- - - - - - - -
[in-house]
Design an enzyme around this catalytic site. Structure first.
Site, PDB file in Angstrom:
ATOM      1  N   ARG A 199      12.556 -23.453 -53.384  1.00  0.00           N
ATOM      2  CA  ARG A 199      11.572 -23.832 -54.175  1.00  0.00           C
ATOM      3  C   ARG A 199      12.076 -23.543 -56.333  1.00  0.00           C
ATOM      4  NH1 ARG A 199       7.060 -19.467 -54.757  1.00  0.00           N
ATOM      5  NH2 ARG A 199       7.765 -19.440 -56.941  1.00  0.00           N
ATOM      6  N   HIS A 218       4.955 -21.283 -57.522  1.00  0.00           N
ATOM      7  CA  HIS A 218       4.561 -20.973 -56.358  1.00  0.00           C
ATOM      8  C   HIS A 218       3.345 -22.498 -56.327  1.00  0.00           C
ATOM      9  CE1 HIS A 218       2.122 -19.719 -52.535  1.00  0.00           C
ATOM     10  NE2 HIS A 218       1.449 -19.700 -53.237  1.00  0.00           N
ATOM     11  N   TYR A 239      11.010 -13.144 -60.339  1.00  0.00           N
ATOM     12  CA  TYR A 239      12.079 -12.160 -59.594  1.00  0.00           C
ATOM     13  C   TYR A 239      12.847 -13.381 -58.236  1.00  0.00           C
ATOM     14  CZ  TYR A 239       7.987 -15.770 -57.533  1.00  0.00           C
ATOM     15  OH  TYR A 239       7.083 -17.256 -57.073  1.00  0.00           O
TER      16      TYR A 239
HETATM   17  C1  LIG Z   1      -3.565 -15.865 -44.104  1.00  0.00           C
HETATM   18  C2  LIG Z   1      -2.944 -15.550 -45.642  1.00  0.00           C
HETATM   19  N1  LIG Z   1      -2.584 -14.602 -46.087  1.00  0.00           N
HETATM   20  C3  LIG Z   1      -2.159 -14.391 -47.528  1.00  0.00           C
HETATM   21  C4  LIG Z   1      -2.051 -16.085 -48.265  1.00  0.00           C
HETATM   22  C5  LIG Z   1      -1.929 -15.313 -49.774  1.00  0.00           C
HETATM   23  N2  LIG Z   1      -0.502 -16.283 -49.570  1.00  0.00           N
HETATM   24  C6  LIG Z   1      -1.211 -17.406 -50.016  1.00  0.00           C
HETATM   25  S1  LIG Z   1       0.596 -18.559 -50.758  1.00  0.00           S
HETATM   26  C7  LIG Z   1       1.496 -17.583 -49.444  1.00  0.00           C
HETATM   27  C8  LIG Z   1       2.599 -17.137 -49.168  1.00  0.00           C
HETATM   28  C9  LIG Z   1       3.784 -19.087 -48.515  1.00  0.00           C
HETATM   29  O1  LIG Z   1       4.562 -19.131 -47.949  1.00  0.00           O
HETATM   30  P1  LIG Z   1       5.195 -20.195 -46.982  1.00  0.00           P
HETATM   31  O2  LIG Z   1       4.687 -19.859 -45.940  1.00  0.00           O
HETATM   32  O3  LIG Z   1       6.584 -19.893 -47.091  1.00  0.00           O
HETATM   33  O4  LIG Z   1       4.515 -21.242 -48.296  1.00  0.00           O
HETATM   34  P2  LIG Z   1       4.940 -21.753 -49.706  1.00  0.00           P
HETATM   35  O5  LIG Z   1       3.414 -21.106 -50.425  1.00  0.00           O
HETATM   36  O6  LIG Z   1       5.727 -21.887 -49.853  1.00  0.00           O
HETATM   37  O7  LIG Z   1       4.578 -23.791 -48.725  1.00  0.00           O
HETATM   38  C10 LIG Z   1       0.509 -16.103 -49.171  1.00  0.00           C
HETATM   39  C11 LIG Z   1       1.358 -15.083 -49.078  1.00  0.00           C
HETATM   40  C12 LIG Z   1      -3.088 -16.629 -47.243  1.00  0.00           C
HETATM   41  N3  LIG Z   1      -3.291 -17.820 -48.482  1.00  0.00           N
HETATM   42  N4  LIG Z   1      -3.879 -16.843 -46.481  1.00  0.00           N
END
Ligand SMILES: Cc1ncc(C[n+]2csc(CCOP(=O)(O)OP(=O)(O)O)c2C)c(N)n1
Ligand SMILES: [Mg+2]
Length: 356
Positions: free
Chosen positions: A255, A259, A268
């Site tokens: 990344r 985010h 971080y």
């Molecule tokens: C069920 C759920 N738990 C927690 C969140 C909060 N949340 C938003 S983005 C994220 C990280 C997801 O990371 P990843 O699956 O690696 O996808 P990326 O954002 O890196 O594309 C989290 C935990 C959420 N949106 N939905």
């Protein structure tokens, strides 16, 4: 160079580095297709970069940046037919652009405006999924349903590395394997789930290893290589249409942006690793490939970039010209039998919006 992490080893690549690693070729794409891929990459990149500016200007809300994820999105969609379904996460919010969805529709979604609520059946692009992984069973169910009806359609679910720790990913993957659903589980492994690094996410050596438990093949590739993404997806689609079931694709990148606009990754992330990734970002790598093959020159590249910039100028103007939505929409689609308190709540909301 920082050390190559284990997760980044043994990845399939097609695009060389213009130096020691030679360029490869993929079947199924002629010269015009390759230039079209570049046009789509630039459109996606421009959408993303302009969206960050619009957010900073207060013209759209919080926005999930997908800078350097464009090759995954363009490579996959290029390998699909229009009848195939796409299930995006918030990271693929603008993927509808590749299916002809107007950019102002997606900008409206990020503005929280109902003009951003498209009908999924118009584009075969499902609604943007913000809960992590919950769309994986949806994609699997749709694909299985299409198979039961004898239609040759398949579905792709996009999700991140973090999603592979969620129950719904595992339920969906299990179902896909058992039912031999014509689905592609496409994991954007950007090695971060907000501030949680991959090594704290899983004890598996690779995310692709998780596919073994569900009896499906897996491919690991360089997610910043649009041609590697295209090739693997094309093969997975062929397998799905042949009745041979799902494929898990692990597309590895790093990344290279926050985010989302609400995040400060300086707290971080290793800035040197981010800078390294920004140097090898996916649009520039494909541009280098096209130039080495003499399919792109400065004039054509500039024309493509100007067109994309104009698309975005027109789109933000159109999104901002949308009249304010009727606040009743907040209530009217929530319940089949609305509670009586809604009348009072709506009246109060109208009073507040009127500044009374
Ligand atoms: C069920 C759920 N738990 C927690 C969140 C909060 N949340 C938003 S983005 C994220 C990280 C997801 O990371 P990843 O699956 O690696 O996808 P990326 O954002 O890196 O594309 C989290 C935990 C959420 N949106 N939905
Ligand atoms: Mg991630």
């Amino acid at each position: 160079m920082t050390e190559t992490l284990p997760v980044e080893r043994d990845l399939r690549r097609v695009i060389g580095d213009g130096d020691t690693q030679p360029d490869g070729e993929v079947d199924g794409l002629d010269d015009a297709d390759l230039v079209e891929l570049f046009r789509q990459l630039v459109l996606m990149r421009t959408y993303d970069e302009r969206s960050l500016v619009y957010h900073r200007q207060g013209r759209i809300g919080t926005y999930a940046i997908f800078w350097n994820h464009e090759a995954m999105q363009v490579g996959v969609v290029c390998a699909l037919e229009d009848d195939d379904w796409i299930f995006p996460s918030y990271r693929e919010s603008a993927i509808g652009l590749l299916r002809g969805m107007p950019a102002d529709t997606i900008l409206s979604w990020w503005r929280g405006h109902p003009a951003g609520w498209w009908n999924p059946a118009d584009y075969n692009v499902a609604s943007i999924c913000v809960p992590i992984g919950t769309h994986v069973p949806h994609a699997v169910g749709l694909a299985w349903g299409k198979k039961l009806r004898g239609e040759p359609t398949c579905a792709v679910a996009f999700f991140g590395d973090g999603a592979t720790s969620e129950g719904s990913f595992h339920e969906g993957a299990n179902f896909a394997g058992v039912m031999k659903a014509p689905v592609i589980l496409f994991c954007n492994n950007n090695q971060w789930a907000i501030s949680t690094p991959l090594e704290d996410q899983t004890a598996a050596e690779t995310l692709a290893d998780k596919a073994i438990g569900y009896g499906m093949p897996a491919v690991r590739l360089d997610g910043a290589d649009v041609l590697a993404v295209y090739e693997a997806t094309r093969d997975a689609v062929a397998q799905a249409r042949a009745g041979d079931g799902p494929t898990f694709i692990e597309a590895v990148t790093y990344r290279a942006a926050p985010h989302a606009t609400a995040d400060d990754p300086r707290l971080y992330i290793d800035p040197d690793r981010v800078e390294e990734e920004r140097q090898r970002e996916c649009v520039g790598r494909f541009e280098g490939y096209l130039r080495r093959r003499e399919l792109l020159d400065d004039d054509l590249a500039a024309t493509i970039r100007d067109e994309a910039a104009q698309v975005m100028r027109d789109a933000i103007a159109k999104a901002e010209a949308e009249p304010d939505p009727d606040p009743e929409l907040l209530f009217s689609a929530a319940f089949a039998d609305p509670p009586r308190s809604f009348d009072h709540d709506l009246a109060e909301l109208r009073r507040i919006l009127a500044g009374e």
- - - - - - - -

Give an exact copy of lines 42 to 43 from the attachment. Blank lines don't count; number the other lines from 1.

HETATM   39  C11 LIG Z   1       1.358 -15.083 -49.078  1.00  0.00           C
HETATM   40  C12 LIG Z   1      -3.088 -16.629 -47.243  1.00  0.00           C